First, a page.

One of the American classics, TKAM explores the racial tension of a small town in Alabama.  Told through the eyes of the young protagonist, Scout, the innocence she has is one of the most charming things about the novel.  I loved how Scout would tell the story as she saw it as a young girl, adding in comments like, “I didn’t know until later that…”.  With story elements like the children’s ploys to catch a glimpse of the reclusive Boo Radley to the court case that draws in the whole town, Harper Lee’s only novel is a masterpiece.  I always forget how good it is, and I can really relate to Scout, as I grew up playing with boys, just like she did.

The Worst:

#1: The Deerslayer by James Fenimore Cooper
Quote: “..that all-seeing eye which reads the heart, could not fail to discriminate between the living and the dead, and the gentle soul of the unfortunate girl was already far removed beyond the errors, or deceptions, of any human ritual.”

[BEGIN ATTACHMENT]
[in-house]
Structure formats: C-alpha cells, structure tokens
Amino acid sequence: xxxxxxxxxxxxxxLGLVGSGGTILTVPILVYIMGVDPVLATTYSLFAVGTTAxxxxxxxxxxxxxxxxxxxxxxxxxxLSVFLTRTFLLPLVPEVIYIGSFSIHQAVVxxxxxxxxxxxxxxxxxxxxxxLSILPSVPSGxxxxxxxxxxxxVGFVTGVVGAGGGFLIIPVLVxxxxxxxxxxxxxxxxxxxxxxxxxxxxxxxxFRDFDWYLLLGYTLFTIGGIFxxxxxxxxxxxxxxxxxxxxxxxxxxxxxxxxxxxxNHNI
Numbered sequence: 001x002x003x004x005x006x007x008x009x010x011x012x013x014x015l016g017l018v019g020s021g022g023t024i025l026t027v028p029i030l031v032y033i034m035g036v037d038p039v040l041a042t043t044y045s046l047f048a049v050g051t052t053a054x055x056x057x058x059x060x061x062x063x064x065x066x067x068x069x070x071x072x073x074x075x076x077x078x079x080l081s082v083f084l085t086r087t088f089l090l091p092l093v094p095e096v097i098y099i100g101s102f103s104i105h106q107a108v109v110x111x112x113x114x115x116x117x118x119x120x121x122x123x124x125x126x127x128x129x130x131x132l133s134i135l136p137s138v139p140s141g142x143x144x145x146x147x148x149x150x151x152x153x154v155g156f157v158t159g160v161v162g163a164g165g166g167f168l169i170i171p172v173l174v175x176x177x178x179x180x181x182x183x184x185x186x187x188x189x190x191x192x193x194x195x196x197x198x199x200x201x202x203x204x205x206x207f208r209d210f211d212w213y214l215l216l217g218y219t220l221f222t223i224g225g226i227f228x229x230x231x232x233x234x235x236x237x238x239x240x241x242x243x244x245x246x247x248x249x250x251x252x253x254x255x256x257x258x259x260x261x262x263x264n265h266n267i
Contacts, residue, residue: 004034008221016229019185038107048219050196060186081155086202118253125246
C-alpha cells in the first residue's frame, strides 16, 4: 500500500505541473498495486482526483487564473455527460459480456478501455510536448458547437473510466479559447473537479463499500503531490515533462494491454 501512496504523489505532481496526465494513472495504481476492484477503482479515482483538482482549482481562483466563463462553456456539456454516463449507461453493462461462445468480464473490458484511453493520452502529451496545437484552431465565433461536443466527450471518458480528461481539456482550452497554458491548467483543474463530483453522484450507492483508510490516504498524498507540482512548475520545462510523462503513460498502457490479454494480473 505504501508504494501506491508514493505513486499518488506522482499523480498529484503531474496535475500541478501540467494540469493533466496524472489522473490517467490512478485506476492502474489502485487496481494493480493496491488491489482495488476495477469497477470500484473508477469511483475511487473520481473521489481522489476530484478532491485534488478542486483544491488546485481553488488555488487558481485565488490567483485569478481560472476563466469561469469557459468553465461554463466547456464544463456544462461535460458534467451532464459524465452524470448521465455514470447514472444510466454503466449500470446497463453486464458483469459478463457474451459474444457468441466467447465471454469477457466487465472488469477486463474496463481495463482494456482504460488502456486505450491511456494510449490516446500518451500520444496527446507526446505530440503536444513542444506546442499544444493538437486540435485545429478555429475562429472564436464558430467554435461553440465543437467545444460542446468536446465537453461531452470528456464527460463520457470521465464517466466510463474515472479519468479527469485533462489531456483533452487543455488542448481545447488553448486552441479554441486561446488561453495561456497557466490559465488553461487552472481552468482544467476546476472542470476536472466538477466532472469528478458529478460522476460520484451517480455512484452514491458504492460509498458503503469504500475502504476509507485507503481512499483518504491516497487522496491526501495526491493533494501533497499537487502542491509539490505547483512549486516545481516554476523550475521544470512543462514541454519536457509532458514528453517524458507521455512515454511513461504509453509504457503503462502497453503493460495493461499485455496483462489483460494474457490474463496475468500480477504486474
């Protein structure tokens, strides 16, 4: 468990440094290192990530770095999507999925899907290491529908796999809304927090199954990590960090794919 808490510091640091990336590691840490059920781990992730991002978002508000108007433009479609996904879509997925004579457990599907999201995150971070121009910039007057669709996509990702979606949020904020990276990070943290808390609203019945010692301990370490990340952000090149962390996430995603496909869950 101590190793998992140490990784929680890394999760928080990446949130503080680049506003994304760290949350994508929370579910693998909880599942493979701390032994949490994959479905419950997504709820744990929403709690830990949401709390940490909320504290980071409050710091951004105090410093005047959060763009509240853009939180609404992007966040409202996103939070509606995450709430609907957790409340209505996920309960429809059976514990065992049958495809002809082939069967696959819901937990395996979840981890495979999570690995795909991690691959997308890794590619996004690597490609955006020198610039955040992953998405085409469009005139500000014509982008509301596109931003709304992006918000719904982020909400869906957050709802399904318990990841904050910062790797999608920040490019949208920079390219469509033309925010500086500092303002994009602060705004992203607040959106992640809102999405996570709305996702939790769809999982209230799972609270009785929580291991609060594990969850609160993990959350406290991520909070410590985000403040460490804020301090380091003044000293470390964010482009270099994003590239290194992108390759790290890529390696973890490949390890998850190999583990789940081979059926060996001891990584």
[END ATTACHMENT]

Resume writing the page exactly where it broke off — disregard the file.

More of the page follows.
This is probably the worst book I’ve ever had to read.  Hands down.  The plot doesn’t accomplish anything, in my opinion, and the characters don’t have much depth.  I know “The Last of the Mohicans” is supposed to be a good movie, but this book, the first in the series and the last one Cooper wrote is a bit of a misfire.  One of the funniest things I can remember from our class discussions was that in one scene, the characters’ raft was almost as wide as the river, about a foot of room on each side.  They’re “ambushed” by Indians and the Indians try to jump on the gigantic raft, emphasis on the word try.  Firstly, about five or six Indians are all perched on a young tree.  Secondly, they all miss the raft and land in the water.  Does that make sense to anyone?